setting up ISA s, or buying goods abroad to avoid Britain’s VAT. It seems that everyone tries to maximise their interests and pay as little tax as they can. Companies need to be as careful as possible today to ensure that they stay afloat, so it could be argued that in legally avoiding tax, executives are simply doing what is expected of them in order to prevent their company from being the next to fold. The key difference is that less-affluent citizens are trying to save money to feed their families and build a better future while the rich often have multiple properties around the world and can’t understand what life is like for those who need tax-funded public services. The wealthy depend on the British public who support their stores yet they seem to give back to the country as little as they can. It is obvious that due to tax avoidance, the UK misses out on the revenue it vitally needs, and that a more comprehensible system is necessary. David Cameron claims tax avoidance by multinational companies is “right at the top of the agenda” for this year’s G8 which the UK will host. This may signal a change but really the problem is within Britain itself. Our 11,500-page tax code requires urgent attention because it remains unclear and full of loopholes. Most citizens cannot opt out of paying their taxes - they are obliged to. There is no reason why the rich should be any different.
There is seemingly no end to the list of people and firms that have opted to go that extra mile to maximise profits. Vodafone, Amazon and Google are among the multinationals accused of using offshore schemes, while politician Lord Ashcroft and Lady Green, wife of Topshop
boss Philip Green, are just two of many non-domiciled Britons. This means they avoid paying income tax because although they live in the UK, they are registered as foreign nationals.
Glasgow University Magazine
China A F r ag i l e S up e r p ow e r ?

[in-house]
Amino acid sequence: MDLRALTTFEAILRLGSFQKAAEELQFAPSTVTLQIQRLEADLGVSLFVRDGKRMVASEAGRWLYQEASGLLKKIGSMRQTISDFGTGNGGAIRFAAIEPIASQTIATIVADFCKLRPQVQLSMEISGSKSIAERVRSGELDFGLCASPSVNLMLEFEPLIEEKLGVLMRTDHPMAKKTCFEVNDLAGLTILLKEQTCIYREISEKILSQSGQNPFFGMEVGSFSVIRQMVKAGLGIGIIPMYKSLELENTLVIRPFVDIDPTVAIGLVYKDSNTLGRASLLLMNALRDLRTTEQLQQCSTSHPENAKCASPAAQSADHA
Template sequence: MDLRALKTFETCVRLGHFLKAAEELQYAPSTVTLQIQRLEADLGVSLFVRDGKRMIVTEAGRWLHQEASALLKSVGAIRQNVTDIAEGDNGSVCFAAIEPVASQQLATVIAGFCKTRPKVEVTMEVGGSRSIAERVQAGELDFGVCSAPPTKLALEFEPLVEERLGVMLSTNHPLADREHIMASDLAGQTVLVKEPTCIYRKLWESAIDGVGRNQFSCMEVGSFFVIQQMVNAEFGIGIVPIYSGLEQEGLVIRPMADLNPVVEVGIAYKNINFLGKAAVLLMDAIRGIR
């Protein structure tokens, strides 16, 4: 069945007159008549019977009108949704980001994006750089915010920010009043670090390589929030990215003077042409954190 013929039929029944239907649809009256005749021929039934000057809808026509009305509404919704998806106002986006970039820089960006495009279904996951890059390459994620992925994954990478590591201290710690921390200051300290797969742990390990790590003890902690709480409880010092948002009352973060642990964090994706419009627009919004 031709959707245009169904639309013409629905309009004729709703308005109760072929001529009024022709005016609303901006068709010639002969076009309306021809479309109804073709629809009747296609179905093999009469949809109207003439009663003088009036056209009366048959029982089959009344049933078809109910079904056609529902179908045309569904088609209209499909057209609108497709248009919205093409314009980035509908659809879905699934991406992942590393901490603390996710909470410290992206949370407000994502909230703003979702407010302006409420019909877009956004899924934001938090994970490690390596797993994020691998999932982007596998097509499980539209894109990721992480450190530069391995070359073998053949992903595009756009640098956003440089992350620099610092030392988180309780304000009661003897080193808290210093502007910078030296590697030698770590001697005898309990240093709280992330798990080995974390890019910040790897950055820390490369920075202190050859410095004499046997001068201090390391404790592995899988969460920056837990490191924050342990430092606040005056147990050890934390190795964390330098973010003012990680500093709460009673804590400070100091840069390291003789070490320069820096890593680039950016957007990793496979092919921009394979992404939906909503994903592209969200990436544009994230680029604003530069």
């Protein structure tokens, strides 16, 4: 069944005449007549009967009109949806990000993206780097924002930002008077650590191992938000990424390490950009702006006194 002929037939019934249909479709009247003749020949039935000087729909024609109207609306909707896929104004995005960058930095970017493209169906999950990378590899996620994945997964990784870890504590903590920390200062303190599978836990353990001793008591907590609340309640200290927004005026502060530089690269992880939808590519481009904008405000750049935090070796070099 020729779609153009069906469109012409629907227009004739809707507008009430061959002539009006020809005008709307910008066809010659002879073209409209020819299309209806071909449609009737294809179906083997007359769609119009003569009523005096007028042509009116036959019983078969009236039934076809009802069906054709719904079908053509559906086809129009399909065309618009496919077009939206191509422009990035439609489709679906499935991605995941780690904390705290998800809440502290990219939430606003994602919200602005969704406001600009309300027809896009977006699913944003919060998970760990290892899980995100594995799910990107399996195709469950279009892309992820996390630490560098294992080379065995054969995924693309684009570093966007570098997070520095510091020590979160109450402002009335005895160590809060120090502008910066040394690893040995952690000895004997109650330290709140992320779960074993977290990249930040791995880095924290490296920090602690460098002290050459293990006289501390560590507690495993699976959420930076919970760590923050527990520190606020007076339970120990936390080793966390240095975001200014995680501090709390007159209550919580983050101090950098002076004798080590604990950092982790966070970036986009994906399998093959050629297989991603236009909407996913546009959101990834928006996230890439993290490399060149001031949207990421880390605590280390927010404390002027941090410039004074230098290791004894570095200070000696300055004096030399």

Februa ry 2013
ince the late seventies, a steady implementation of reforms along with an abandonment of Maoist ideology has led China to become the second biggest economy in the world, with the potential to supersede the USA within the next decade. Anyone who has picked up a newspaper in recent years will have noticed the eastern giant’s growing influence. China has a strong export-economy and is an attractive place for foreign investment. During recent US elections, it was largely portrayed as an aggressor that is not afraid to cut corners. China’s record on the environment and its unwillingness to cooperate with the United Nations on the deteriorating situation in Syria, have helped to perpetuate this image. Domestically, it has been criticised by many in the West for antidemocratic policies and crackdowns on human rights activists; both in the heartland and in semi-autonomous regions such as Tibet and Xinjiang. Recent news about China has been dominated by a series of diplomatic and military stand-offs with Japan. The main dispute involves a resource-rich archipelago in the East China Sea, which Japan has claimed as its own. Throughout the last four months, both countries have displayed semi-aggressive behaviour, by showing off their naval powers and indulging in a series of illwilled political gestures. However, the tensions over the Senkaku Islands (or Diaoyu Islands as they are known in China) could help us understand the fragile position that this rapidly-developing country now finds itself in. The Chinese state appears to be struggling to maintain control of its vast territories and to satisfy the growing demands of its upwardly-mobile population.
Given the strong economic ties the two countries have had since China opened up to the Western world, the extent to which the Communist Party is responsible for these anti-Japanese sentiments is unclear. It’s worth noting that Chinese representatives travelled to Seoul in September to meet with Japanese and South Korean officials to discuss future improvements on trade, amidst the archipelago-related tensions. This may suggest that the Chinese people, who it seems are increasingly willing to assert their wishes, perpetuated the majority of their anti-Japanese gestures. This could mean that by acting tough when addressing regional issues, the Chinese state is seeking to appease its citizens. Such behaviour is also a good way to distract from more pressing, domestic concerns such as corruption and environmental damage. The People’s Republic of China has experienced unprecedented growth in recent decades while at the same time having to deal with the challenges of modernising in a period far shorter than that afforded to any Western country. That said, the recent spar with Japan has helped to highlight the fact that China has significant obstacles to face in its own backyard. It must be seen as strong both domestically and internationally, without causing any major problems along its vulnerable borders. Failure to resolve these issues could result in lasting damage to the Communist Party and null the Golden Age that China appears to have been enjoying so far.